Tasks for SAARC
The appeal in many a heart in South Asia
is that SAARC would now make the all-important transition from symbol to
substance. By saying this we do not intend to imply that SAARC has not
achieved anything concrete so far but do so to indicate the increasingly
proactive role it needs to play in easing the lot of the average South
The SAARC Heads of State and Government have met for their 14th
Summit and this is indeed a joyous occasion which symbolizes the unity
and solidarity of the members of SAARC, who represent around one fourth
of the world's population.
These annual Summits do have the effect of reminding South Asians of
their common identity and of the pledges they have given each other to
work towards the collective good of the region.
However, as President Mahinda Rajapaksa reminded SAARC yesterday, the
regional grouping is badly in need of a practical orientation or a
dynamism and resourcefulness which would help translate the region's
dreams of progress and prosperity into reality. In other words, SAARC
must graduate fully from symbol to substance.
Practicable programmes and ventures, therefore, are a crying need.
For, the majority of the region's population is continuing to wilter in
poverty and hunger and its lot needs to be urgently alleviated.
Some heart could be taken from the fact that President Rajapaksa
dwelt on the condition of the rural poor at some length too. His
suggestion that the SAARC Eight adopt a resolution to work dedicatedly
towards elevating the condition of the rural poor, needs to be
considered very seriously. For, there could be no development without
equity and satisfying the legitimate needs of all is central to the
concept of equity.
However, underdevelopment and terror are the twin evils of South Asia
and they are mutually reinforcing. Lack of development leads to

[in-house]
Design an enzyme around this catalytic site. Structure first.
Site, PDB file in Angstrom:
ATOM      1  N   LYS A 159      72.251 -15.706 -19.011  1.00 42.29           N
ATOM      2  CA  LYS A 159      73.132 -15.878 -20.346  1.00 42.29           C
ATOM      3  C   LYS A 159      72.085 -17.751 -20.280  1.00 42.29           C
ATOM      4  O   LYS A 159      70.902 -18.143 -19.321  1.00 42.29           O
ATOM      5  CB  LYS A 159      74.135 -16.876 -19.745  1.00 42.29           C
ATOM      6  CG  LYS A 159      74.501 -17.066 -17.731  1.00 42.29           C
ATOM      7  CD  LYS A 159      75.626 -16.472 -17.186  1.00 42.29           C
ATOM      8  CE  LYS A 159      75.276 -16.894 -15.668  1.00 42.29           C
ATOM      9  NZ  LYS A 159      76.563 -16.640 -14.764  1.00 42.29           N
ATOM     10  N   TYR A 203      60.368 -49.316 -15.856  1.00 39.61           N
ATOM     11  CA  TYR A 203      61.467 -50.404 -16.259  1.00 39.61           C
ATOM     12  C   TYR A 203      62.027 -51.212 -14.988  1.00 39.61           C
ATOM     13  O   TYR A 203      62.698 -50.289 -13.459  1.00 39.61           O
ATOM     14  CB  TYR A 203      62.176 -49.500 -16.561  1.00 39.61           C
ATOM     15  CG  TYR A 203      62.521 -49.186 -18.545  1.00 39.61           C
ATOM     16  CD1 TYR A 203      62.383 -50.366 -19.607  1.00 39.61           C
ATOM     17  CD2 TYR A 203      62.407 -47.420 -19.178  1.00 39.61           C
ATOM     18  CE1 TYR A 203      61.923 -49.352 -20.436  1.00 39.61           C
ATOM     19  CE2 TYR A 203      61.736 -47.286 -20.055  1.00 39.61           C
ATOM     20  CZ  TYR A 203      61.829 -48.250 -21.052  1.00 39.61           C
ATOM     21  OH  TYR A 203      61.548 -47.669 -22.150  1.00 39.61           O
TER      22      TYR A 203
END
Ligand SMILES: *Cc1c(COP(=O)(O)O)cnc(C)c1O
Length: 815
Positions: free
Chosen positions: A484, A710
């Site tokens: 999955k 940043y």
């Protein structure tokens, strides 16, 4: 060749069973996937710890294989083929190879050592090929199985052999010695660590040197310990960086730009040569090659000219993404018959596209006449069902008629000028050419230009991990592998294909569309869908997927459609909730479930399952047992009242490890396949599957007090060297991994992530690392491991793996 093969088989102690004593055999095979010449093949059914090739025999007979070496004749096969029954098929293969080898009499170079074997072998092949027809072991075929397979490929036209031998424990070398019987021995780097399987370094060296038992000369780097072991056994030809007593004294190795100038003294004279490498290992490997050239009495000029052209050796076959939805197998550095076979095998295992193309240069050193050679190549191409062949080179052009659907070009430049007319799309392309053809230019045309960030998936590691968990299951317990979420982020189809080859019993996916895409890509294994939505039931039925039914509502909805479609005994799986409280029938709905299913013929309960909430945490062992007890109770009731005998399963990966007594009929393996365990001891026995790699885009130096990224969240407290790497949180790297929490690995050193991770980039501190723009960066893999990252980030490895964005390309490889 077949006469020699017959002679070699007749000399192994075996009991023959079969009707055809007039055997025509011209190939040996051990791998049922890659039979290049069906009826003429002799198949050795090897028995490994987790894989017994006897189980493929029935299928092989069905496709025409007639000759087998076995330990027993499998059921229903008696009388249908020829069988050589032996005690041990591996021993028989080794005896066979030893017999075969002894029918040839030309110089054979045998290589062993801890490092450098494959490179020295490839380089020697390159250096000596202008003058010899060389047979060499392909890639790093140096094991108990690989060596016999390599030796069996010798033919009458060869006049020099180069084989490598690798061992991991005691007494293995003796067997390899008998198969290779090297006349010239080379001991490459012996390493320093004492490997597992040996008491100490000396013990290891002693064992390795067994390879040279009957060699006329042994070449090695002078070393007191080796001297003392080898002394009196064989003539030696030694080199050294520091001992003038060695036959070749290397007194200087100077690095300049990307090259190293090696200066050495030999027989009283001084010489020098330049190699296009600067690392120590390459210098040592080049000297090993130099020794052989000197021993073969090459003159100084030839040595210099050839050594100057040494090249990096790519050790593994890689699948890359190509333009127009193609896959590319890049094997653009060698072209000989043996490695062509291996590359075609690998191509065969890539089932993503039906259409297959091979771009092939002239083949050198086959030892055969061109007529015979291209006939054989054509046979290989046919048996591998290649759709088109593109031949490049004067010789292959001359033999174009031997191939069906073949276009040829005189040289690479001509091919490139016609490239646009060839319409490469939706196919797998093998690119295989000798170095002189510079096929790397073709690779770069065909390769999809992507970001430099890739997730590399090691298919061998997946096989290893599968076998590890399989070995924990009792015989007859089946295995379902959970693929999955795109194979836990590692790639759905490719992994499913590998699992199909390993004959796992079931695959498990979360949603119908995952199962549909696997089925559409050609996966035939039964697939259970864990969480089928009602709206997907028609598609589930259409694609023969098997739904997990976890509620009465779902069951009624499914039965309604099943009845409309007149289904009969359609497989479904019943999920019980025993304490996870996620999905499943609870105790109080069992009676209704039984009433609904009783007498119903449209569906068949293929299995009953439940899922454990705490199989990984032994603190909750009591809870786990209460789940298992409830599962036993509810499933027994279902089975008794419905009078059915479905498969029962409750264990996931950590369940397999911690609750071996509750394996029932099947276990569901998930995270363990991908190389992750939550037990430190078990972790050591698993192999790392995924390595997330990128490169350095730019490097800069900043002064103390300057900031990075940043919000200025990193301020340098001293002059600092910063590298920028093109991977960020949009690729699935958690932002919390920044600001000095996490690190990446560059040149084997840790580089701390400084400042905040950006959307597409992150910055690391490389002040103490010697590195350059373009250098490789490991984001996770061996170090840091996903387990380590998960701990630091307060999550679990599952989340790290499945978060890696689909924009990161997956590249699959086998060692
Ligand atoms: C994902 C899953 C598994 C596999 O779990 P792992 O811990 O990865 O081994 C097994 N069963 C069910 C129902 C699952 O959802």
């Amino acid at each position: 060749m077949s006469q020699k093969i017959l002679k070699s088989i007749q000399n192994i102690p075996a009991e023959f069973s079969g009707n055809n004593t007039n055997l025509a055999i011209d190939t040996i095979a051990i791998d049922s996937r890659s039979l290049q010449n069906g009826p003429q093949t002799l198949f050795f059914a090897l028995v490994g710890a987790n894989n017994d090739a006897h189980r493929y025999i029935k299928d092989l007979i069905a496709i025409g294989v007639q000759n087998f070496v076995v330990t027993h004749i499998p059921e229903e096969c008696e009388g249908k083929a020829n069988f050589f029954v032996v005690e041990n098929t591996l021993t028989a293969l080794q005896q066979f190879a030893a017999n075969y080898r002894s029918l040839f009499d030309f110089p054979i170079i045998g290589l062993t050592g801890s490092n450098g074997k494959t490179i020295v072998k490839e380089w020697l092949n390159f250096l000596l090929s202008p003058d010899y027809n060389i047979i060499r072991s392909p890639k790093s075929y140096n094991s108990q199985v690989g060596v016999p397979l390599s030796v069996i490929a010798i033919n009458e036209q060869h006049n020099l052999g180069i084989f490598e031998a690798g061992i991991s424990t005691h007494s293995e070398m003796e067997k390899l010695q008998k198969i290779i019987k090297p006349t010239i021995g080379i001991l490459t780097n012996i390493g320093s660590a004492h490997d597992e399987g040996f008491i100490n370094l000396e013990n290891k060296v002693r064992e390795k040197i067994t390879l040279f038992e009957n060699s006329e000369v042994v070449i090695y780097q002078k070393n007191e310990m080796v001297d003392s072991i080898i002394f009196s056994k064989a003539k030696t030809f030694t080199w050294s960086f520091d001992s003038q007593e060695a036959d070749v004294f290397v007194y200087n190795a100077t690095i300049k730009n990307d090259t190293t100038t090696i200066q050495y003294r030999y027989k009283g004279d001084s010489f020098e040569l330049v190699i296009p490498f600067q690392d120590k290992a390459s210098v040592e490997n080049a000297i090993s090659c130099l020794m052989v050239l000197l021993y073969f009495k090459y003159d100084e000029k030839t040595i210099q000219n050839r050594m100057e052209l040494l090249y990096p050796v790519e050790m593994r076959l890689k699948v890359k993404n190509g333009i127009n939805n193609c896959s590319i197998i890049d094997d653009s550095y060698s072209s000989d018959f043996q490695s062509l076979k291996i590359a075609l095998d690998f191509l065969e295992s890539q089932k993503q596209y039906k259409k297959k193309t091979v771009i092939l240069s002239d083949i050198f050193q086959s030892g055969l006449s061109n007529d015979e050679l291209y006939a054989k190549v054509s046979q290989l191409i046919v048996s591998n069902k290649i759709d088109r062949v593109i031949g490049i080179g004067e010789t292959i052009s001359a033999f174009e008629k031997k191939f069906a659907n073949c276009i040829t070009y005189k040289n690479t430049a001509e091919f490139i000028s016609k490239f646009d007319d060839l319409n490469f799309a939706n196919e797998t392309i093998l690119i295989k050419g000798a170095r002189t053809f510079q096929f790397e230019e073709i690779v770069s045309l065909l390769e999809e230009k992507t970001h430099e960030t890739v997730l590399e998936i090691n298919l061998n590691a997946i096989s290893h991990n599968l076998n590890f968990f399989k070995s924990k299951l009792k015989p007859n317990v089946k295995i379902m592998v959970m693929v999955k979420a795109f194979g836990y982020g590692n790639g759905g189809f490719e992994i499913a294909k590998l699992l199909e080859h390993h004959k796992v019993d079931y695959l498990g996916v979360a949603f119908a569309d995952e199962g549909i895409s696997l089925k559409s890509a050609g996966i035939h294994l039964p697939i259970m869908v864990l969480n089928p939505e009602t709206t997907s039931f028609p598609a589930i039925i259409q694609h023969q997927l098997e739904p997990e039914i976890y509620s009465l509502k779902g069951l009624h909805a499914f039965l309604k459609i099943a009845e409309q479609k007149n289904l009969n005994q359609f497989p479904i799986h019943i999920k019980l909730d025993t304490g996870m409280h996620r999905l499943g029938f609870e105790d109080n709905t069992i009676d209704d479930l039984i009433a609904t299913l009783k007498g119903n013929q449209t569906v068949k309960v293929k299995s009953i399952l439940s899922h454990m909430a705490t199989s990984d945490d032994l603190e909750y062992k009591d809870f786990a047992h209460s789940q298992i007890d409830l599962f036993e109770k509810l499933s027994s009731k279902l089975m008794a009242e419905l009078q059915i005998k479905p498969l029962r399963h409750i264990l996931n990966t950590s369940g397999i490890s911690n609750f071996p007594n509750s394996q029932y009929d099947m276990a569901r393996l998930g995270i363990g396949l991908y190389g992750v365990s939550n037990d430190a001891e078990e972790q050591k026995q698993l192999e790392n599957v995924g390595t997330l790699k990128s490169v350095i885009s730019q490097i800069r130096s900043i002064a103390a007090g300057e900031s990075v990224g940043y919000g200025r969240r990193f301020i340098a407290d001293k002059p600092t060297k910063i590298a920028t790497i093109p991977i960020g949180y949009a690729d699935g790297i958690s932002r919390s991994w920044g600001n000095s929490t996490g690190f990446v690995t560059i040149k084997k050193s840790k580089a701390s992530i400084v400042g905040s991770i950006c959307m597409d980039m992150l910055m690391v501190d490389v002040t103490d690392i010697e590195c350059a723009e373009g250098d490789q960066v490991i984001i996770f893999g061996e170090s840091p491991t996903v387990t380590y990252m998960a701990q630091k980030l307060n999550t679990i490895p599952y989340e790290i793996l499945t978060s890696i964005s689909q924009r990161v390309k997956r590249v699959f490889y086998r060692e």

disaffection, unrest and militancy and the latter degenerates into
terror. Terrorism, on the other hand, when unleashed on a sustained
basis, often stymies development. This truth Sri Lanka has learnt and
LTTE terror is a glaring example of this causal link.
However, as the world has learnt, of the terror groups in South Asia,
the LTTE is the most heinous and destructive. It has just demonstrated
that it has an air capability of sorts and this makes the case for
stamping out LTTE terror increasingly urgent. Besides, the LTTE has
manifold links with other terror group in the region and outside it.
Therefore, the LTTE is a threat to the whole of the SAARC region.
Given this background, President Rajapaksa's call to SAARC to work on
a collective basis towards eliminating terror deserves the strongest
consideration. Even as we write, the LTTE is demonstrating that it is
stopping at nothing by spilling innocent blood in Ampara. It is proving
very amply that its taste for blood is insatiable.
Given its region-wide tentacles, the LTTE could be considered a
blight on the whole of South Asia and should be handled on a regional
basis. Therefore, SAARC would do well to do everything within its
capabilities to stamp out terror. This task cannot wait for another day
because the LTTE just does not believe in relenting.
The Indian incentive to demerge
Though obviously it is in Sri Lanka's interests
to maintain good relations with all concerned Asian powers, it would
be a pity if it failed to keep in mind the crucial nature of its
relationship with India. If therefore the Sri Lankan Government sees
demerger as a priority, it should seek to convince India of the need
Sir John: A triumphant life
As Prime Minister, Kotelawala led Sri Lanka into
the United Nations and contributed to Sri Lanka's expanding foreign
relations. In 1955 he led Sri Lanka delegation to the Bandung
conference in Indonesia. His party was defeated in the 1956
Lack of jobs hurting Afghan war on Taliban
NATO, U.S. commanders and Afghan leaders agree
without economic progress, without reconstruction and without new
jobs the Taliban insurgency cannot be defeated. Poverty is driving
people into the arms of the Taliban.